Hector Lavoe was the most mercurial vocalist that Afro-Caribbean music has ever known. The salsa equivalent of a tragic rock’n’roll star, a heroin addict who died in 1993 at the young age of 46. A criminally underrated singer who, to this day, continues to be a virtual unknown within the American mainstream.

But to his legions of fans, Hector Lavoe was and will always be El Cantante de Los Cantantes– singer of all singers– an unforgettable Nuyorican sonero who left behind a priceless legacy of salsa masterpieces.

The Lavoe discography stands as a particularly prized jewel in the Fania crown, and the collection that you hold in your hands showcases the partnership between Lavoe and his childhood friend, trombonist, producer and songwriter Willie Colón, at a time when both artists were at the peak of their powers.

Even though the professional relationship between Lavoe and Colon was already strained by the time “Lo Mato” was released in 1973, you wouldn’t know it by listening it. Lavoe’s throaty vocals sound soulful and mature, exhibiting his impeccable timing and infectious sense of humor. Colon filled the session with the trademark roar of his trombone solos. He also happened to have written some of the most inspired songs of his career. Tunes such as “El Día De Suerte” and “Todo Tiene Su Final” are indispensable entries in the Colon/Lavoe songbook.

One listen to the anthemic opening track ”Calle Luna Calle Sol” (used to this day by Colon as part of a medley of old hits that he performs at the beginning of his concerts) is enough to make you realize that “Lo Mato” has aged remarkably well. The combination of ragged trombone, tasty piano lines and a rock solid rhythm section sounds ageless and hip. The sonics are warm and rustic, evoking the rich texture of a vintage wine.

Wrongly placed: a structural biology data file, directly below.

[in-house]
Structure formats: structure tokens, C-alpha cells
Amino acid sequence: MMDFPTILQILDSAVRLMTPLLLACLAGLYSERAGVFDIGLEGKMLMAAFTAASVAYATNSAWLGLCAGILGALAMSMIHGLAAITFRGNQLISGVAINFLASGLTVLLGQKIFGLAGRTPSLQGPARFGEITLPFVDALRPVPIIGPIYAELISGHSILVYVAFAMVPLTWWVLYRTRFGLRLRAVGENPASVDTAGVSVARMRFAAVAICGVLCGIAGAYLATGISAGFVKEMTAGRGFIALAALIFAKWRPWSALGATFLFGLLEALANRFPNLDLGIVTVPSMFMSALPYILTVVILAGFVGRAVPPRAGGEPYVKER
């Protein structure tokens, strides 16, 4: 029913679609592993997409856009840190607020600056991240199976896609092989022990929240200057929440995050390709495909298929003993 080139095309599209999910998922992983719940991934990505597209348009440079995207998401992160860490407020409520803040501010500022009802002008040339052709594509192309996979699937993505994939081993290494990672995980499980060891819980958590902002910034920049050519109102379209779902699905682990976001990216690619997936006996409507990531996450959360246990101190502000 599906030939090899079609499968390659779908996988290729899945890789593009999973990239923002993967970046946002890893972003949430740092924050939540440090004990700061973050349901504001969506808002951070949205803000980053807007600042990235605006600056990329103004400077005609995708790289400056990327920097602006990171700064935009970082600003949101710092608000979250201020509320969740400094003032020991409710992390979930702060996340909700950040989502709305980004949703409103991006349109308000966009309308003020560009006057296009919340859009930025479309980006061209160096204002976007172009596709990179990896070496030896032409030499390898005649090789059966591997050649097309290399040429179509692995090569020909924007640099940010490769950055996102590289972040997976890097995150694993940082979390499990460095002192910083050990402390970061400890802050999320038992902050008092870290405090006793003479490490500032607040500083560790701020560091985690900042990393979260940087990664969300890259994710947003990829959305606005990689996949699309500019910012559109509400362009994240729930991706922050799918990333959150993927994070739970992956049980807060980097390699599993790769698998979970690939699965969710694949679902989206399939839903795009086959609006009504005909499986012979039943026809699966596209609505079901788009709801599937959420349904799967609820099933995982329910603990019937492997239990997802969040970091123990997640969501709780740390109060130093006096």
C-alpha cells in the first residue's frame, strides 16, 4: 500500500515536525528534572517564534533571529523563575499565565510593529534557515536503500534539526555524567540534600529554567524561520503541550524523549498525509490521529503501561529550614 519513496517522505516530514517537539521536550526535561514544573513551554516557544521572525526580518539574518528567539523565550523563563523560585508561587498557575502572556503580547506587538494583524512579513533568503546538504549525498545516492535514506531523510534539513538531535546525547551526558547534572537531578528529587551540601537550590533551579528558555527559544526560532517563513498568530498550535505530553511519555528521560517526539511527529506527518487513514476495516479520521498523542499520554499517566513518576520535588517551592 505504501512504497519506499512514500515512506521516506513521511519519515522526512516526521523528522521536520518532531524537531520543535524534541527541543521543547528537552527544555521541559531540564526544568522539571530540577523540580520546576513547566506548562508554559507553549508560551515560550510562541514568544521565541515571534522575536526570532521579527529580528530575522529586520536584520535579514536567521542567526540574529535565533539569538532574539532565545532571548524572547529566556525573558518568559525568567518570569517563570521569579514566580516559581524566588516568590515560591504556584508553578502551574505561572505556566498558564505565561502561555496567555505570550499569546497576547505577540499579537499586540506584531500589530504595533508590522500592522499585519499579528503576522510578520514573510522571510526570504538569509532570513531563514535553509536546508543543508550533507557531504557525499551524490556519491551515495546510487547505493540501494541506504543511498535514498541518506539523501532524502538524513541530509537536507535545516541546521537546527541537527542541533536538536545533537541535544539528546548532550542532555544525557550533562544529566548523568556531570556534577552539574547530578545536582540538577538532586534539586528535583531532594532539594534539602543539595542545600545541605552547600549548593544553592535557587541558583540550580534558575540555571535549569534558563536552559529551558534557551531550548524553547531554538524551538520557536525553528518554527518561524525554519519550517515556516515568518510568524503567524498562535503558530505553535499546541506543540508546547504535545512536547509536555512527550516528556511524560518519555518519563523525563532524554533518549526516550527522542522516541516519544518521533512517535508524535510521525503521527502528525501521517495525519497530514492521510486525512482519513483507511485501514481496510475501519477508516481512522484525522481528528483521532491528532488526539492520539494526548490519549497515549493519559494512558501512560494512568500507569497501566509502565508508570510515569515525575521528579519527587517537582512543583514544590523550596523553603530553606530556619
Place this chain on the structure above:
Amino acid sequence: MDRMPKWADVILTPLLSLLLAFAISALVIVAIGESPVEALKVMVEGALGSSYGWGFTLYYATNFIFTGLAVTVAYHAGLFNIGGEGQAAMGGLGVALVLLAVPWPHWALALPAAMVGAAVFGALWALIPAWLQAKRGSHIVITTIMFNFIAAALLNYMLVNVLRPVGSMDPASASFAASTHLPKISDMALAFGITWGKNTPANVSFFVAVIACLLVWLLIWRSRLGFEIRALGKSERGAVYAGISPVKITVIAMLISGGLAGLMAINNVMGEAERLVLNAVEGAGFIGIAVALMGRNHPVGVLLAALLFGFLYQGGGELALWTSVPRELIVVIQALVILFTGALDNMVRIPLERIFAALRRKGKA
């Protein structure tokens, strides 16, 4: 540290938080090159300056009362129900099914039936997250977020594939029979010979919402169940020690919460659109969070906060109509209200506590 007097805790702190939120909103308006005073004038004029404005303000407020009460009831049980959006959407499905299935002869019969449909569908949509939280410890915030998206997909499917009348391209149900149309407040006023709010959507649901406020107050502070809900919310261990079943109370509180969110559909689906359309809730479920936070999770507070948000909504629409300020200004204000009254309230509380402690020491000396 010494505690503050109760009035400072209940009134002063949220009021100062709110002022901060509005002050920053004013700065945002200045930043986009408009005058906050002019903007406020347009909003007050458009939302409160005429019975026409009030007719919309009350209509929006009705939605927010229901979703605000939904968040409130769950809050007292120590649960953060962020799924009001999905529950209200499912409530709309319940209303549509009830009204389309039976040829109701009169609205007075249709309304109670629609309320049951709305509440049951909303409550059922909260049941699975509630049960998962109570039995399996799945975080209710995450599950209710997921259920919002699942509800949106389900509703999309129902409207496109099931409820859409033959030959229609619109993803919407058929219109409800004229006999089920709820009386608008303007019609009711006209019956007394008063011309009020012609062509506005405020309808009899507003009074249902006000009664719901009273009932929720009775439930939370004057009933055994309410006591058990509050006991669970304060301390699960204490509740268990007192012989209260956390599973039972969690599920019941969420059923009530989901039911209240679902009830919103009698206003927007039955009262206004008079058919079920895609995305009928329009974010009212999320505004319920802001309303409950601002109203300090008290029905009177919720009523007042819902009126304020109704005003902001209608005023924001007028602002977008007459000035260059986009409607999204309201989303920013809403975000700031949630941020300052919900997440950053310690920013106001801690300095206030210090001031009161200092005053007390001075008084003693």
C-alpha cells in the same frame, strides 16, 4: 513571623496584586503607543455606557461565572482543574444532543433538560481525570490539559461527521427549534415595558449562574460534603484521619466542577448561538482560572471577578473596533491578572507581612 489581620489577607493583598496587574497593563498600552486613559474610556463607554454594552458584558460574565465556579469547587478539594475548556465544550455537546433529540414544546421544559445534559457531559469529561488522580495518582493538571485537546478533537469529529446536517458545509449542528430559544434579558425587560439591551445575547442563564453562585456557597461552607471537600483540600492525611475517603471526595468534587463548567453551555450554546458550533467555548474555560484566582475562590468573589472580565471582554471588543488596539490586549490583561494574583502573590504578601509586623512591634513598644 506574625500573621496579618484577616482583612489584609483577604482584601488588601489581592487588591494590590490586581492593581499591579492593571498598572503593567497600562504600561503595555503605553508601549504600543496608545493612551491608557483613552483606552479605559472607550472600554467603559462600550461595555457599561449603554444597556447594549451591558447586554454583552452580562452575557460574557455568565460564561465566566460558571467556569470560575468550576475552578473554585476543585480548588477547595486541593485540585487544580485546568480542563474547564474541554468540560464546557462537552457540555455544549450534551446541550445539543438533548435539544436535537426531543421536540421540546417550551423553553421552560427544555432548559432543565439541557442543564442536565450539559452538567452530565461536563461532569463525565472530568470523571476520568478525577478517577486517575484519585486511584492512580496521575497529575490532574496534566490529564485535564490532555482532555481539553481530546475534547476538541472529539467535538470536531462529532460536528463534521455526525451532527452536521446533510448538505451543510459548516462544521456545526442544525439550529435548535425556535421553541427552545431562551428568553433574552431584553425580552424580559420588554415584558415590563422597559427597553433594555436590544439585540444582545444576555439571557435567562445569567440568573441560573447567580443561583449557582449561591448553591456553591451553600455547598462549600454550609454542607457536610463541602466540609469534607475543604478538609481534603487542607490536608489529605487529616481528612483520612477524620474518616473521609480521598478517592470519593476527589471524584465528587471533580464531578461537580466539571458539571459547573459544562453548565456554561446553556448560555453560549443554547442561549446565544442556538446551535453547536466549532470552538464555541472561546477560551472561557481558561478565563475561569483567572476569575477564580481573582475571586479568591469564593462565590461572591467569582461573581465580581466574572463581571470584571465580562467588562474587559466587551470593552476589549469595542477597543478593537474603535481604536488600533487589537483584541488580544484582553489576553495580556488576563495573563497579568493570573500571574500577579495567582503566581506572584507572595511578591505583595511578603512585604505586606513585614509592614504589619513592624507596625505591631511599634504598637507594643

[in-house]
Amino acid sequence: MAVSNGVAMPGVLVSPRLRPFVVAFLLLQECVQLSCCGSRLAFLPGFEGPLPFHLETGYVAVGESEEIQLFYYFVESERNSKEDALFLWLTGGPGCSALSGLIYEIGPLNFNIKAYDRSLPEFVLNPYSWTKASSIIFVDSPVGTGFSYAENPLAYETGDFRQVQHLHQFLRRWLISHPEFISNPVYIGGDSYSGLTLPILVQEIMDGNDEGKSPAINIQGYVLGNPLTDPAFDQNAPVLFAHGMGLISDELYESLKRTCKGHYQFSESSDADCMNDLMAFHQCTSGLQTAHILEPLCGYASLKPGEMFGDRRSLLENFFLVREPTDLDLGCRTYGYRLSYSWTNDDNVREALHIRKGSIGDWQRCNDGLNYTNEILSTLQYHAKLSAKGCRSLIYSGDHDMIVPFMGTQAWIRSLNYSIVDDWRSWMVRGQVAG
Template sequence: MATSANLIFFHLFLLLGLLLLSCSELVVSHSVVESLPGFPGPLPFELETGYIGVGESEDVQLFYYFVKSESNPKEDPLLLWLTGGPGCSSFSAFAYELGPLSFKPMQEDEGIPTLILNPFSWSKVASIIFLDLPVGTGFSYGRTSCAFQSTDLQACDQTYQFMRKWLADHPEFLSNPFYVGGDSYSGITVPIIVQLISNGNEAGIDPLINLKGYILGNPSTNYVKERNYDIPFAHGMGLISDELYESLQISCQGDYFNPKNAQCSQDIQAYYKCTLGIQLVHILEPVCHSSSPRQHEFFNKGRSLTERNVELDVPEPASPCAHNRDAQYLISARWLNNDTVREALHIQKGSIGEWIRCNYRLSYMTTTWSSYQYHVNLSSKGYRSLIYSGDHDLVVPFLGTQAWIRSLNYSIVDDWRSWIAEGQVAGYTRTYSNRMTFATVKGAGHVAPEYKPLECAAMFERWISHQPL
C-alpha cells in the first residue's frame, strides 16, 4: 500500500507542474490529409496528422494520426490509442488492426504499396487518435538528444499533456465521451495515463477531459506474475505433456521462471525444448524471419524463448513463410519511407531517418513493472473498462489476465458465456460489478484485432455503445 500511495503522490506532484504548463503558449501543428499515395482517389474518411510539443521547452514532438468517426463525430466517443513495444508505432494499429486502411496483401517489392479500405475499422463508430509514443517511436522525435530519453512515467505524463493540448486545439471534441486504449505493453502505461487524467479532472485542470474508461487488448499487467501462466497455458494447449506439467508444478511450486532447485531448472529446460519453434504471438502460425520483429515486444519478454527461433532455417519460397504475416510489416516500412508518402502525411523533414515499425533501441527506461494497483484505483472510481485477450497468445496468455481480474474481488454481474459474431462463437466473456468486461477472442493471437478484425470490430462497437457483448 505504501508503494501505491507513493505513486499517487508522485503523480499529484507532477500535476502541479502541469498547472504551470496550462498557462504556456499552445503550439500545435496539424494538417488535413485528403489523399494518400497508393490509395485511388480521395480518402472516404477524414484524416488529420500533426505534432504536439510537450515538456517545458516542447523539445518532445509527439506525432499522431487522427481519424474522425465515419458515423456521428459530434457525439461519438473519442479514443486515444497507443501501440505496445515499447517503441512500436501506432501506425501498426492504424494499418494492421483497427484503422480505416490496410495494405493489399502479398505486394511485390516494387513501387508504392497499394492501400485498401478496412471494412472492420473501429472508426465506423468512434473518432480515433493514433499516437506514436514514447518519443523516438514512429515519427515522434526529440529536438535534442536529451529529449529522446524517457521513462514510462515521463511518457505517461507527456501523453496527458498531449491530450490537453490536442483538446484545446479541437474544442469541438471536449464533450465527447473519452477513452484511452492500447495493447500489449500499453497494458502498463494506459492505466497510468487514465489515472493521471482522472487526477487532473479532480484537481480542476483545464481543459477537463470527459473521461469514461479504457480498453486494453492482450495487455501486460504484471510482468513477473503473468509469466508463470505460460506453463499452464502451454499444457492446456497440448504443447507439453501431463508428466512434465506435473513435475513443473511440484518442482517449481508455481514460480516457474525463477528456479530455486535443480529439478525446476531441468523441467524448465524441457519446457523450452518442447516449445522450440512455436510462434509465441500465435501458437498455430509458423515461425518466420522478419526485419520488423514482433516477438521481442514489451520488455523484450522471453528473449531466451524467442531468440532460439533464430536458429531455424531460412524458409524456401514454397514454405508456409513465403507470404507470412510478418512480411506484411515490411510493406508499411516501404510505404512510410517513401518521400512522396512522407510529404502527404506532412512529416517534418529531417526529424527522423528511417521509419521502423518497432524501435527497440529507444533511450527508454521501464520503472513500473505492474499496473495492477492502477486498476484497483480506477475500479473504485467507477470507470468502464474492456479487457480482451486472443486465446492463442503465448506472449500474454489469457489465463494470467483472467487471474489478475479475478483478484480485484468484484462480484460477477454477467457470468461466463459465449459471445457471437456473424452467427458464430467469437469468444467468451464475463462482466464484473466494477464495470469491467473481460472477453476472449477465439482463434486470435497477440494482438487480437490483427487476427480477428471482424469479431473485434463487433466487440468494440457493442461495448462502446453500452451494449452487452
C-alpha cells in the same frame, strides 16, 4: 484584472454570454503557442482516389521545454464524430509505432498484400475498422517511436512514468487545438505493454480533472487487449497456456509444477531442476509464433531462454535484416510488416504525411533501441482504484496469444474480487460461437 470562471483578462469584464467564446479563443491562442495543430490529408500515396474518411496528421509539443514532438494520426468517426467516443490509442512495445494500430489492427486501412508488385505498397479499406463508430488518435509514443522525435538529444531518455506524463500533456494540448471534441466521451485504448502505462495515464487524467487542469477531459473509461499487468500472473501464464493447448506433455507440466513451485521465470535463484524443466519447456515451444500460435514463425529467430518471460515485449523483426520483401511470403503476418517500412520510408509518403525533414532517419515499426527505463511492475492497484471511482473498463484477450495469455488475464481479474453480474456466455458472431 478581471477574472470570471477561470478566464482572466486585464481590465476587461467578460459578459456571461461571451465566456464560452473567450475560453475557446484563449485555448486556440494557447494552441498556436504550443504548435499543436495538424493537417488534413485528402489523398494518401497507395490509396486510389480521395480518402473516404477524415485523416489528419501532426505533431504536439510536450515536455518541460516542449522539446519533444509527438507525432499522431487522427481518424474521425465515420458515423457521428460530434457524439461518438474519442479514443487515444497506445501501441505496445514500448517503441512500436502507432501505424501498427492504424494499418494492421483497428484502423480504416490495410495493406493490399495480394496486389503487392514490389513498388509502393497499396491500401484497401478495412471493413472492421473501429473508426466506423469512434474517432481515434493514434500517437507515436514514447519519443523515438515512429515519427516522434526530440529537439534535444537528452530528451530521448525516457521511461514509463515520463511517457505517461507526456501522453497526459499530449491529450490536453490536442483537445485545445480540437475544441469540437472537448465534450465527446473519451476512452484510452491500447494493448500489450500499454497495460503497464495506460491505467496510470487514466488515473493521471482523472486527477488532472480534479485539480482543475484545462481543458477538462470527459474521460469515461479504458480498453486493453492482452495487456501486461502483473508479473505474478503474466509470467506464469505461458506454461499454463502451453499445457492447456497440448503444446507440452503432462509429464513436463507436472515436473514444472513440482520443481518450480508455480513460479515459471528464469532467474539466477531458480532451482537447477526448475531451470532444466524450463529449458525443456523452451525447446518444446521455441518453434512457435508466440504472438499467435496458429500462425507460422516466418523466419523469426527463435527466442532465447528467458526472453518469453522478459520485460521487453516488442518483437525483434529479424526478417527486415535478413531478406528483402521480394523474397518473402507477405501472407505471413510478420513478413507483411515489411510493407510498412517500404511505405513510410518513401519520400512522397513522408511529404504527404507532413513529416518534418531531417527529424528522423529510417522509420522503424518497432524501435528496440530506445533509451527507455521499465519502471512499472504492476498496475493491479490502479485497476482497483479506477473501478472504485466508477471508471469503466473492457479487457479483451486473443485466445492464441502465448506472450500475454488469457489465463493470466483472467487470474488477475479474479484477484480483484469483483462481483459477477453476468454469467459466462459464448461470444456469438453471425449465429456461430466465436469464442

Lyrically, there is an undercurrent of darkness that permeates the record. From the aggressive undertone of its humorous title, Lo Mato Si No Compra Este LP– I’ll Kill You If You Don’t Buy This LP– to Calle Luna Calle Sol’s cautionary tale of a street that should be avoided at all costs because it is infested with criminals, the collection is seeped in bitterness and regret.

The heartbreaking “El Dia De Suerte” is an autobiographical tale of sorts, with Lavoe lamenting the death of his parents and hoping that his bad luck will one day change. The bouncy beat and infectious chorus underscore the pain and resignation in el cantante’s delivery.

“Todo Tiene Su Final” is equally gloomy, setting up an implacable groove against a fatalistic meditation on the unavoidable fact that everything in this world– from the winning streak of a boxing champ to the lifespan of a beautiful flower– must come to an end.

Clearly, Colon had a perfect understanding of Lavoe’s sensibility when it came to writing songs for him. And the singer had no problem sinking his teeth on such complex, ambitious material.

Colon loved adding variety to his records, and “Lo Mato” is no exception. “La María” explores his infatuation with the lilting beat Brazilian samba, and the lengthy instrumental workout “Junio ‘73” flirts with Latin jazz, delivering an orgiastic timbales solo.

Following the release of “Lo Mato,” Colon would bring an end to his years of touring with Lavoe, concentrating instead on his solo output and production work. Lavoe would move on to record (still with Colon’´s help) the most mature albums of his trajectory: La Voz, De Ti Depende and Comedia. That said, for a delightful taste of the dynamic Nuyorican duo at its youthful best, you can’t go wrong with “Lo Mato.”


Santi Gonzalez – Bass
Jose Mangual – Bongos
Louis Romero – Timbales
Joe Torres – Piano
Eric Matos – Trombone
Willie Colón – Trombone
Milton Cardona – Conga

Lead Singer – Hector Lavoe
Chorus – Johnny Pacheco, Justo Betancourt, Willie Colon

Producer – Willie Colon & Jerry Masucci
Recording Director – Johnny Pacheco
Engineer – Jon Fausty
Original Album Design – Ron Levine
Mechanical Madness – Steve Higgins
Model for Original Photo – Jose R. Padron
Recorded – Good Vibrations Sound Studios


Written by: Ernesto Lechner–